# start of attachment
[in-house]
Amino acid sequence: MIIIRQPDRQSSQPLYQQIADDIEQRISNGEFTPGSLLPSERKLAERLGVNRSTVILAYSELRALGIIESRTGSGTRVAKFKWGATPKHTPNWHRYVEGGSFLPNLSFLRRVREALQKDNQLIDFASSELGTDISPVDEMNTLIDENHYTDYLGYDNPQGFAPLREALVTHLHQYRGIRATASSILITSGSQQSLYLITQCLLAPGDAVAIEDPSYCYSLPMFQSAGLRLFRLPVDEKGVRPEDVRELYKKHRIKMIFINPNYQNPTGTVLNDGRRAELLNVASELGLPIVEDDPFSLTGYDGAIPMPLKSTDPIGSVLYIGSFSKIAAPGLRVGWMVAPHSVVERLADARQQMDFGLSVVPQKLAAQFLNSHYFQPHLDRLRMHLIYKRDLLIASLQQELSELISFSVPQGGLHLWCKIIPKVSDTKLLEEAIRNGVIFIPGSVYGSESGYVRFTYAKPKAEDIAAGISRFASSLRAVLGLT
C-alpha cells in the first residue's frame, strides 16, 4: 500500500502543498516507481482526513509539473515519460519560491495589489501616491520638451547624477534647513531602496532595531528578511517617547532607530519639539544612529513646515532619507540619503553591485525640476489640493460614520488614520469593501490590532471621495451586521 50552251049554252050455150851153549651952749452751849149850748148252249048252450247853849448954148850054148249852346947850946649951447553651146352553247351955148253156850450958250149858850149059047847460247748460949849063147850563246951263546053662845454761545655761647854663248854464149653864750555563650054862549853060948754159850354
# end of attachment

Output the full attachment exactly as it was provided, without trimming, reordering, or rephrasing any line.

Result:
[in-house]
Amino acid sequence: MIIIRQPDRQSSQPLYQQIADDIEQRISNGEFTPGSLLPSERKLAERLGVNRSTVILAYSELRALGIIESRTGSGTRVAKFKWGATPKHTPNWHRYVEGGSFLPNLSFLRRVREALQKDNQLIDFASSELGTDISPVDEMNTLIDENHYTDYLGYDNPQGFAPLREALVTHLHQYRGIRATASSILITSGSQQSLYLITQCLLAPGDAVAIEDPSYCYSLPMFQSAGLRLFRLPVDEKGVRPEDVRELYKKHRIKMIFINPNYQNPTGTVLNDGRRAELLNVASELGLPIVEDDPFSLTGYDGAIPMPLKSTDPIGSVLYIGSFSKIAAPGLRVGWMVAPHSVVERLADARQQMDFGLSVVPQKLAAQFLNSHYFQPHLDRLRMHLIYKRDLLIASLQQELSELISFSVPQGGLHLWCKIIPKVSDTKLLEEAIRNGVIFIPGSVYGSESGYVRFTYAKPKAEDIAAGISRFASSLRAVLGLT
C-alpha cells in the first residue's frame, strides 16, 4: 500500500502543498516507481482526513509539473515519460519560491495589489501616491520638451547624477534647513531602496532595531528578511517617547532607530519639539544612529513646515532619507540619503553591485525640476489640493460614520488614520469593501490590532471621495451586521 50552251049554252050455150851153549651952749452751849149850748148252249048252450247853849448954148850054148249852346947850946649951447553651146352553247351955148253156850450958250149858850149059047847460247748460949849063147850563246951263546053662845454761545655761647854663248854464149653864750555563650054862549853060948754159850354